On July 23rd, Bijan Stephen, writer for The Verge, published an article about Plex. No doubt as a Plex user I’m obviously biased in favor of this particular software and I won’t deny that I use it far more frequently on my Roku TV than I do my subscription to Hulu or Netflix but one cannot come away from reading the article without getting the impression that those who use it are using it only for reasons that violate copyright laws.
For those not in the know, Plex is free software that you download from the internet and install on your computer. Once installed you can direct it to any videos or music that you have stored on it and it becomes a hub for all of your home media that you can then access on your smart phone, smart TV or streaming device.
For example, if you have a large music collection you can then rip (copy) all of your CD’s to your home computer, tell Plex where the music is located at and it will then search the internet to find the data, such as album artwork, artists performing the song, etc. pertaining to that CD. It also works on movies and TV shows as well. It will also allow you to create a playlist of your music or video files so that once it is finished playing it will go right into the next item on your playlist. If you stop for some reason you can pick right back up from where you left off.
If you become a Plex Pass member, which means that you financially support the creators, you get access to features that you don’t get under the free service, such as the ability to use your Plex Server as a DVR as well as apps that work on your smart phone without paying extra for it.
Some of the advantages to this type of service is the ability to access your music collection on your phone while you are on the go without it taking up precious storage space. If you have decided to cut the cord the DVR feature allows you to record more channels at the same time, customized storage size to suit your needs and potentially at a cheaper price than it would cost for the more popular DVR systems available on the market. With the growth of cord cutting these are quite popular features, especially for those who are do-it-yourselfers.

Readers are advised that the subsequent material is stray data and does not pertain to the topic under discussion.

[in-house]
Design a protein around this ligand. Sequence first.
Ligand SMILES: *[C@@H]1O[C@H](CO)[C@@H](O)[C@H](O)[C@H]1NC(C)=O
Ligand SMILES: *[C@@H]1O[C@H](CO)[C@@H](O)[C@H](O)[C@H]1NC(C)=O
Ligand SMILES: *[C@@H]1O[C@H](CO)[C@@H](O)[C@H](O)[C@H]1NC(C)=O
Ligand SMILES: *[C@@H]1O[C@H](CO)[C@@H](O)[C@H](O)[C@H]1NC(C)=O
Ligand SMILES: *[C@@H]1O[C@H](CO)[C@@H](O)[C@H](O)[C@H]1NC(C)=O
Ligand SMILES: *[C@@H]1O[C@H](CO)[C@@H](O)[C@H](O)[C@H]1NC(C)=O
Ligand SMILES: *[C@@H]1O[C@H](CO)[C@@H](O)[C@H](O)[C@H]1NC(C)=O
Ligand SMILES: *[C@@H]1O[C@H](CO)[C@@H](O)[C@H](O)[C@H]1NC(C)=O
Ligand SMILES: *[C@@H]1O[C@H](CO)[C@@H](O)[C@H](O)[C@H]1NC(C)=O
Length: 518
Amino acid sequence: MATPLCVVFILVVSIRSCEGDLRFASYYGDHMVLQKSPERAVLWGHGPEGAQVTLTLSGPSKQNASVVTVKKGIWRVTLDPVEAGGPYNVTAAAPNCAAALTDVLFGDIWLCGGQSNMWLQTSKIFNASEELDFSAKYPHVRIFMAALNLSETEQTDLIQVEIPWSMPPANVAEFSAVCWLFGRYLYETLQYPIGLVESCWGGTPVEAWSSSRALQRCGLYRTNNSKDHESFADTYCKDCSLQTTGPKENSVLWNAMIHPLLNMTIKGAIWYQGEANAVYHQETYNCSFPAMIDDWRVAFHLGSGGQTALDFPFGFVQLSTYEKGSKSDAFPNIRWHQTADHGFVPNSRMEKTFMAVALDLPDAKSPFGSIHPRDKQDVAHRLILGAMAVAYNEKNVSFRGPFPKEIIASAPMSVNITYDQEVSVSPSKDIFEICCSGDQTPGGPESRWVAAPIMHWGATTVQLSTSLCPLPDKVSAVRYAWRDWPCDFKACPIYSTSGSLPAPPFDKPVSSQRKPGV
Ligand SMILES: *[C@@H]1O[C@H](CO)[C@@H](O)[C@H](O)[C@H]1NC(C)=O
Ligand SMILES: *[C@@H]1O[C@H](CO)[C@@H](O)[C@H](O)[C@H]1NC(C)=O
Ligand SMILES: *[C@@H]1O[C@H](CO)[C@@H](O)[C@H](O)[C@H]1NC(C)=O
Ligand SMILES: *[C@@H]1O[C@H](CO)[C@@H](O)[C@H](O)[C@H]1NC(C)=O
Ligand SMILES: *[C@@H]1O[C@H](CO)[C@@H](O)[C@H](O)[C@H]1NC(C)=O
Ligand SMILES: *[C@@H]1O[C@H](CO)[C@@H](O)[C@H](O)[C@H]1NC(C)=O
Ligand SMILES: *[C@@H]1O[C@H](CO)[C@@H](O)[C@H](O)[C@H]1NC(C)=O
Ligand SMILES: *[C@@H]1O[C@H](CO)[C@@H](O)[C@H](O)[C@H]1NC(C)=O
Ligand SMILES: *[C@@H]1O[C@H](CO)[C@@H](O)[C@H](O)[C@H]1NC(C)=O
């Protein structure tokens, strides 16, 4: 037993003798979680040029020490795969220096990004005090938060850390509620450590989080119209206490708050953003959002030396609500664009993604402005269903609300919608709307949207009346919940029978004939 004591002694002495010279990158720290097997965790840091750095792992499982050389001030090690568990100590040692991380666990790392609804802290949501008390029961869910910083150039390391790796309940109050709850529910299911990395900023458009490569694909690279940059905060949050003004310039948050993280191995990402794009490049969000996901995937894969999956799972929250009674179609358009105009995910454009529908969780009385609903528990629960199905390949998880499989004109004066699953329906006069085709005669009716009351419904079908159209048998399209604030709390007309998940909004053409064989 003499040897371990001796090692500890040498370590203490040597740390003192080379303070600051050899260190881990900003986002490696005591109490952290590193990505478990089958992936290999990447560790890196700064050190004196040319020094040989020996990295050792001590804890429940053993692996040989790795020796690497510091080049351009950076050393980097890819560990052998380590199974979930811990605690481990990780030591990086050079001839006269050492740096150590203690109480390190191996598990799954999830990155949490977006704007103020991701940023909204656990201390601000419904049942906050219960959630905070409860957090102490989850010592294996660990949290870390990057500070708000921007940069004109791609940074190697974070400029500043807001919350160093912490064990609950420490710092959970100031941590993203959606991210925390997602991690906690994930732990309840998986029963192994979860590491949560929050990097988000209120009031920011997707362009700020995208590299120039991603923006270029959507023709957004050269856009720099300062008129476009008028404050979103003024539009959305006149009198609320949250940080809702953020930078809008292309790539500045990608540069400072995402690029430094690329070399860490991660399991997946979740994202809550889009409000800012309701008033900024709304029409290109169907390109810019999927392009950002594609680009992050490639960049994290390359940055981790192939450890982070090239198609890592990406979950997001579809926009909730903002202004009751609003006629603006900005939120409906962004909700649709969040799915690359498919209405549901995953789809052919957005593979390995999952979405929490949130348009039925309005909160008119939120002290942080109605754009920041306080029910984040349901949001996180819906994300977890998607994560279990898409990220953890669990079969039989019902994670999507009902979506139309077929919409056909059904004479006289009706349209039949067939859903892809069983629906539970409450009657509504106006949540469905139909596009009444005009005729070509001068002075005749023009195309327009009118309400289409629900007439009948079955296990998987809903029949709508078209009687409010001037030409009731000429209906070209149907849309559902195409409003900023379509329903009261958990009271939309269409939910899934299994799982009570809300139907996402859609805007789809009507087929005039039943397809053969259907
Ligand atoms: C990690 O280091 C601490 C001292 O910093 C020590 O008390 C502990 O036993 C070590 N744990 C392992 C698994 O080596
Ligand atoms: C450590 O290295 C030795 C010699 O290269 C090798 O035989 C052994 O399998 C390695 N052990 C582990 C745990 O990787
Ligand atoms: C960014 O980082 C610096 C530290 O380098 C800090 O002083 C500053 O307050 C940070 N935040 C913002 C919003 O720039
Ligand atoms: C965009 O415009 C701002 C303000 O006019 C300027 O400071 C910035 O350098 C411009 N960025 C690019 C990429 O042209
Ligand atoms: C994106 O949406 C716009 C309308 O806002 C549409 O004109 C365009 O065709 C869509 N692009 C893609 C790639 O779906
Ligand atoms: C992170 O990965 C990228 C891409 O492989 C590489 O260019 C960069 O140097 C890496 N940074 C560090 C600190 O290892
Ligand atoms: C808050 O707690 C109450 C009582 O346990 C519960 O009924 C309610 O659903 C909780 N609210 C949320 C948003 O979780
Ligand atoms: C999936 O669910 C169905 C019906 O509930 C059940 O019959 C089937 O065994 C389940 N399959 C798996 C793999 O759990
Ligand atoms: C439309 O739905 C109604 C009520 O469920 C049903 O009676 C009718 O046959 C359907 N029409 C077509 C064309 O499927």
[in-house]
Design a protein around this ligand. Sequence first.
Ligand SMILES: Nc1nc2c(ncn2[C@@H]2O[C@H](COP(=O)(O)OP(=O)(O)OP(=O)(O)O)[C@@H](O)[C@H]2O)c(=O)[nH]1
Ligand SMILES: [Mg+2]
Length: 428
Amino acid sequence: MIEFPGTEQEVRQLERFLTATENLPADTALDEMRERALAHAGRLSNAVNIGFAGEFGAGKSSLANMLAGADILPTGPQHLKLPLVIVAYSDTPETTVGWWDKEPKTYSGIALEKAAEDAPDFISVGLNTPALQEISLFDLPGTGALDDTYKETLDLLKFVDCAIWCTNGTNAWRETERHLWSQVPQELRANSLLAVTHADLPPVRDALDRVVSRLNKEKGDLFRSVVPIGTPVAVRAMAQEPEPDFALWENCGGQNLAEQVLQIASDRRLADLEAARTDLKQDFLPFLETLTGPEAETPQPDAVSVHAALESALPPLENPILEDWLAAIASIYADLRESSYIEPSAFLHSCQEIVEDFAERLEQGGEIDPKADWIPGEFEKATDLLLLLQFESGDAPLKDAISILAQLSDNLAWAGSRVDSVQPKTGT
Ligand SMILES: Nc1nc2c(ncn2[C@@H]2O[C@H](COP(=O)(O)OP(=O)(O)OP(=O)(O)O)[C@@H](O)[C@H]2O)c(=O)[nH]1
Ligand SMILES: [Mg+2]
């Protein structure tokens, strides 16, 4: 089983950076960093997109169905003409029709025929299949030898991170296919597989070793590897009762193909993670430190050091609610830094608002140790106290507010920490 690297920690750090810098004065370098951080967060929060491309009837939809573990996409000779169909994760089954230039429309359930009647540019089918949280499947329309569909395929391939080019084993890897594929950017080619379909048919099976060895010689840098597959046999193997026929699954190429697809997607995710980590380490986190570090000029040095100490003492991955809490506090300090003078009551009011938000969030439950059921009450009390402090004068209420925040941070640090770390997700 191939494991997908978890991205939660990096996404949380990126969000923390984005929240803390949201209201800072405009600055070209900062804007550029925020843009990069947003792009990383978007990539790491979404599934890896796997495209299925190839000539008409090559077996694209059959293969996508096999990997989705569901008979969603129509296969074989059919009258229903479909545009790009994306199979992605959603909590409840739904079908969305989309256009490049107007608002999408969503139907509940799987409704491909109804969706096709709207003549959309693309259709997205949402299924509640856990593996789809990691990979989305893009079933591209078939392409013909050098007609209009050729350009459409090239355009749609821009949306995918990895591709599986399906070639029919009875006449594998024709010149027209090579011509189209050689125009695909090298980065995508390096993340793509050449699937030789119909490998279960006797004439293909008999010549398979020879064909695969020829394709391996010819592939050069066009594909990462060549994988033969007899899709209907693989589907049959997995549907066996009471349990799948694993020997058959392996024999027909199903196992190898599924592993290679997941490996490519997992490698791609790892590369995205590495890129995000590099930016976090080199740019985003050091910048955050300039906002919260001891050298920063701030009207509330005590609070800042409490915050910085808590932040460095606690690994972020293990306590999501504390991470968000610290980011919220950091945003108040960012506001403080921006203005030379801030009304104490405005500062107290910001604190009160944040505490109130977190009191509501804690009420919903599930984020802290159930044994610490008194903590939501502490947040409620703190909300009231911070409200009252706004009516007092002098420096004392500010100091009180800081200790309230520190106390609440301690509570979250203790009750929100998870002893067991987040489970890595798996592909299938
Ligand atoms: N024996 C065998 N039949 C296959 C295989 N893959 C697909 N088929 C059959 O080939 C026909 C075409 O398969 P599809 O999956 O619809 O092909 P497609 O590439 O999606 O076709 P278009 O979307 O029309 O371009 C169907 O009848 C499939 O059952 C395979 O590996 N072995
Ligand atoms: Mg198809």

The underlying premise of his article is that the predominate use of Plex is piracy and copyright violation yet offers no data to support that claim.
Courts have overwhelmingly sided for the general public when it comes to making personal copies of material protected by copyright laws. It’s when the material gets distributed, shared or placed on public display that copyright laws are then enforced. Using Plex as a DVR isn’t a violation of any copyright laws because the courts ruled in the 70’s that VCR’s to record material from your TV (or cable provider) was perfectly legal. Courts have also ruled that making backup copies of material protected by copyright laws, such as your record or CD collection, wasn’t a violation of copyright laws. It’s when you gave away or sold copies of items that it you had violated laws.
Yes, Plex can be used to accommodate pirates. An individual can download movies or TV programs from the internet using bit torrent or direct download, saving it on their computer in a location where Plex software can locate it and make it available to you on your streaming device or smart phone, but it’s not actually Plex performing that function. And it wasn’t designed with that in mind.